Afterpay’s share price has broken yet another high as it heads towards the $100 mark, as a major regulatory cloud lifts.

The financial crime watchdog AUSTRAC revealed on Wednesday that it had concluded a 14-month investigation into Afterpay and would take no further action against the buy now, pay later company.

It had assigned an external auditor in June last year to investigate whether it had breached Anti-Money Laundering and Counter-Terrorism Financing Act (AML/CTF).

“In response to the findings and recommendations identified in the external audit report, Afterpay has uplifted its AML/CTF compliance framework and financial crime function, and completed all remediation necessary to ensure compliance,” the regulator said in a statement.

AUSTRAC said it had reiterated the importance to Afterpay that it comply with the law and “role in fighting financial crime to protect the Australian community from harm”.

Afterpay chair Elana Rubin said the company was “pleased” with the result and now better understood its obligations and how to manage risks.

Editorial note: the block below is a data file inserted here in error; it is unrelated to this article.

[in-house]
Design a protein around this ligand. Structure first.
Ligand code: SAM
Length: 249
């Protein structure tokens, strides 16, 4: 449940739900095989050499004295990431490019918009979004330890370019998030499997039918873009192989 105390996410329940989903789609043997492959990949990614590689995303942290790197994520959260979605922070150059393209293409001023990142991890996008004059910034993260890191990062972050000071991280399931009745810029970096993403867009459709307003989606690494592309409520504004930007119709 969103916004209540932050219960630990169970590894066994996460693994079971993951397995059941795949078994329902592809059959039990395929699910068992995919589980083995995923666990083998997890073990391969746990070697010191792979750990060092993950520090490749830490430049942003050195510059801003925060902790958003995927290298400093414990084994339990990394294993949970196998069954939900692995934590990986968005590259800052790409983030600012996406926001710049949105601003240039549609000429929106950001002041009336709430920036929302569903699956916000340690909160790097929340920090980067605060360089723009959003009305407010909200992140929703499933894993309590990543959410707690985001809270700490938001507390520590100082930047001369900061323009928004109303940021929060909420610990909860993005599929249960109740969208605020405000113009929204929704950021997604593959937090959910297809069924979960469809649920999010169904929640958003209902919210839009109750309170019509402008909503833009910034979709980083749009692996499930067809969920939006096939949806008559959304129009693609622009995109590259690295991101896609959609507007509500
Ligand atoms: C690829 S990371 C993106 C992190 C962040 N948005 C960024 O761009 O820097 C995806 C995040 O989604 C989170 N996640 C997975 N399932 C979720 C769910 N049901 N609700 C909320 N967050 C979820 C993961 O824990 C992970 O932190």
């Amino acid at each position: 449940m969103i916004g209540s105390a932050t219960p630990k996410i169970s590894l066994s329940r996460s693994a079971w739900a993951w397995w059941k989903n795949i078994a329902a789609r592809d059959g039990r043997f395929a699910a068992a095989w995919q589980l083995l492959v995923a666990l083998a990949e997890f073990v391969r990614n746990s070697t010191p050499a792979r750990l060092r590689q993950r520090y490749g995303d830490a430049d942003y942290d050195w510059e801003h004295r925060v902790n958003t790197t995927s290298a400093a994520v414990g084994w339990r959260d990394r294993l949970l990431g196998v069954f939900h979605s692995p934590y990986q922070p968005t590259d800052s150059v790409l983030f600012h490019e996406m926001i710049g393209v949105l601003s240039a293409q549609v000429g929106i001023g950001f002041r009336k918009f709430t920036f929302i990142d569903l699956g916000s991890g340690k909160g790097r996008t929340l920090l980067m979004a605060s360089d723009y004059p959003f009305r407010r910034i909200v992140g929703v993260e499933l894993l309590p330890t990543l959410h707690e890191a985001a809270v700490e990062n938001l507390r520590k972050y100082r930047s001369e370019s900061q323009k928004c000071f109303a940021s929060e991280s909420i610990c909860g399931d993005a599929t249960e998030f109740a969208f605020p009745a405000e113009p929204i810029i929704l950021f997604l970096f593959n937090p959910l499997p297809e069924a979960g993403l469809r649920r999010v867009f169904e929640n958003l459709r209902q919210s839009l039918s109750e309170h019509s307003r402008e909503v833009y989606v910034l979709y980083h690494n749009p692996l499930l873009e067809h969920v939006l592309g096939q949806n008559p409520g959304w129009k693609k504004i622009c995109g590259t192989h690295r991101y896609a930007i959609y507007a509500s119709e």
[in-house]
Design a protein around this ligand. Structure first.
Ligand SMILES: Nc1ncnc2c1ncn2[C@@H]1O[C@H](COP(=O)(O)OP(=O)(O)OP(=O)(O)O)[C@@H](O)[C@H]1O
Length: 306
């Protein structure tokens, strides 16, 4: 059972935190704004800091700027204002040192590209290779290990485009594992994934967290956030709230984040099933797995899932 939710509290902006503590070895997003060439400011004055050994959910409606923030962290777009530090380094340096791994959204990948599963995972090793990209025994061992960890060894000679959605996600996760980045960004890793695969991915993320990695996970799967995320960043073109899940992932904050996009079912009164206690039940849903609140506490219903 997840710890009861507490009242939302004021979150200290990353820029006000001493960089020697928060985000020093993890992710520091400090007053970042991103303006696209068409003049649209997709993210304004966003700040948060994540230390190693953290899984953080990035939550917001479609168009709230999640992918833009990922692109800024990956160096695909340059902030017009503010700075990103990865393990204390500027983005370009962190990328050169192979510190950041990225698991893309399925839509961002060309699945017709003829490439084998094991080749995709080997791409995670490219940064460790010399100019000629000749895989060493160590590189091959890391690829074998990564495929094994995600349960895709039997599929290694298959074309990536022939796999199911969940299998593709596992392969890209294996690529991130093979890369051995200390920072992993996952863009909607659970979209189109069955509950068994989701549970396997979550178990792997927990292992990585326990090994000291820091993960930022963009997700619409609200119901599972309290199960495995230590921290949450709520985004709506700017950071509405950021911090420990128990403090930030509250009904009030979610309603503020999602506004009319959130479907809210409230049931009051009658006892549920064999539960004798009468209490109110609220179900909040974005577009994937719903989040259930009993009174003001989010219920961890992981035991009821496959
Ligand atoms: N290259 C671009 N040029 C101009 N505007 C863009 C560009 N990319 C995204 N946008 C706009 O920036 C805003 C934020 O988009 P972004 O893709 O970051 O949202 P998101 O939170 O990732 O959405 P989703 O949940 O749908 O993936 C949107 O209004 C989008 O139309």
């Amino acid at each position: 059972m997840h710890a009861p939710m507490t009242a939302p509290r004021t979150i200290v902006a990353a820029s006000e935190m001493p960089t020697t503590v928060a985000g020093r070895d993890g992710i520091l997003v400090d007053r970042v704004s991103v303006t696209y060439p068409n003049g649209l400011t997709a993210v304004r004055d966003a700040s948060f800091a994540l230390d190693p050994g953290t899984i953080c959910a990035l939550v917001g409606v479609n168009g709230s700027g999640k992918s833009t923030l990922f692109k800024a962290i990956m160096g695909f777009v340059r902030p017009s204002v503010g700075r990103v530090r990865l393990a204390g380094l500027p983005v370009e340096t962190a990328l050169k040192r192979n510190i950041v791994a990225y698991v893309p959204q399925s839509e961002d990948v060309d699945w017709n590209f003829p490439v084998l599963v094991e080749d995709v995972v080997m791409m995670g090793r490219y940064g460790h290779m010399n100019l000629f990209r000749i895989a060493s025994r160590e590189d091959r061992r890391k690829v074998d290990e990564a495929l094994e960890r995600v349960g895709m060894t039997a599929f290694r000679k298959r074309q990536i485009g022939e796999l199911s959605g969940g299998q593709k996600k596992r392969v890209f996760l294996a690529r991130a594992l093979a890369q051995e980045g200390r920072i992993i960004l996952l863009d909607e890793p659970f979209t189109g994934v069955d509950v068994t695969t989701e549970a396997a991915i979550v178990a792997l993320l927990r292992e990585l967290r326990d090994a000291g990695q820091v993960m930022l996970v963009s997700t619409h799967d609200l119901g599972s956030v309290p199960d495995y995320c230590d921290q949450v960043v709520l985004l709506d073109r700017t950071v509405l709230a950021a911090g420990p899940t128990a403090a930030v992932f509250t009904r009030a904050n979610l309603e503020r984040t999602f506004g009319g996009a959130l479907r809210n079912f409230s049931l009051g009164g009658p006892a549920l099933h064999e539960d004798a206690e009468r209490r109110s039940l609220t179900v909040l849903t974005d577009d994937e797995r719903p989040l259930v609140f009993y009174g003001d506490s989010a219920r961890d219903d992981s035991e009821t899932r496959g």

The market was clearly pleased too, as Afterpay’s stock price rose by around 3% to over $97 a share in early trade.

The threat of a negative finding put the fintech darling at risk of major fines and regulatory consequences.

A 2018 AUSTRAC investigation found the Commonwealth Bank had helped drug traffickers move money using the bank’s ‘smart’ ATMs. It was a finding that would cost Australia’s largest bank face, not to mention $700 million.

More recently, Westpac copped a $1.3 billion fine for enabling child abusers to transfer money to South East Asia.

No such luck for Afterpay. The latest ride higher sets its market cap at more than $26.3 billion, more than Coles and Newcrest Mining, and making its billionaire founders even richer. On paper at least.

This article originally appeared on Business Insider Australia.